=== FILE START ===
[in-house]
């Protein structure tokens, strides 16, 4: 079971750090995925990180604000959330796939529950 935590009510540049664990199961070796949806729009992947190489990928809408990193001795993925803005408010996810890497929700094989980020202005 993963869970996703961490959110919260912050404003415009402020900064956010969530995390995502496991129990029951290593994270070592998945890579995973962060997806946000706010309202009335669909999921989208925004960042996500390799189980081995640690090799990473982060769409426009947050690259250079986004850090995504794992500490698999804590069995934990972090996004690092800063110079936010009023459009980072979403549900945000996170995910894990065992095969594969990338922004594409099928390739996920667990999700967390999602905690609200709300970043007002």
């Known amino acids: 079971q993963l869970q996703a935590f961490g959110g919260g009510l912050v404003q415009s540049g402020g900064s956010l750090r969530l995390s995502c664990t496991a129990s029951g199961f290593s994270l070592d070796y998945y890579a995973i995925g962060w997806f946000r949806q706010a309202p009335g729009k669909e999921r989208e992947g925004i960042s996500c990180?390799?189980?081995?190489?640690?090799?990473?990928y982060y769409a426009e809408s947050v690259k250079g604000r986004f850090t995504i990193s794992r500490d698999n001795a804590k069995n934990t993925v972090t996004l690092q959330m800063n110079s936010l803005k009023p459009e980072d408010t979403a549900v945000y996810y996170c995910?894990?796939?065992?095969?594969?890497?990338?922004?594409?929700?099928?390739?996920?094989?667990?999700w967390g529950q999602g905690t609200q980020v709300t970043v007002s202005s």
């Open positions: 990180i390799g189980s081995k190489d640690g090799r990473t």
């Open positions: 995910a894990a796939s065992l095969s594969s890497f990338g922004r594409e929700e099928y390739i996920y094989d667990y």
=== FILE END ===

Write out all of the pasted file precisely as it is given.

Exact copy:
[in-house]
């Protein structure tokens, strides 16, 4: 079971750090995925990180604000959330796939529950 935590009510540049664990199961070796949806729009992947190489990928809408990193001795993925803005408010996810890497929700094989980020202005 993963869970996703961490959110919260912050404003415009402020900064956010969530995390995502496991129990029951290593994270070592998945890579995973962060997806946000706010309202009335669909999921989208925004960042996500390799189980081995640690090799990473982060769409426009947050690259250079986004850090995504794992500490698999804590069995934990972090996004690092800063110079936010009023459009980072979403549900945000996170995910894990065992095969594969990338922004594409099928390739996920667990999700967390999602905690609200709300970043007002």
């Known amino acids: 079971q993963l869970q996703a935590f961490g959110g919260g009510l912050v404003q415009s540049g402020g900064s956010l750090r969530l995390s995502c664990t496991a129990s029951g199961f290593s994270l070592d070796y998945y890579a995973i995925g962060w997806f946000r949806q706010a309202p009335g729009k669909e999921r989208e992947g925004i960042s996500c990180?390799?189980?081995?190489?640690?090799?990473?990928y982060y769409a426009e809408s947050v690259k250079g604000r986004f850090t995504i990193s794992r500490d698999n001795a804590k069995n934990t993925v972090t996004l690092q959330m800063n110079s936010l803005k009023p459009e980072d408010t979403a549900v945000y996810y996170c995910?894990?796939?065992?095969?594969?890497?990338?922004?594409?929700?099928?390739?996920?094989?667990?999700w967390g529950q999602g905690t609200q980020v709300t970043v007002s202005s």
């Open positions: 990180i390799g189980s081995k190489d640690g090799r990473t």
């Open positions: 995910a894990a796939s065992l095969s594969s890497f990338g922004r594409e929700e099928y390739i996920y094989d667990y």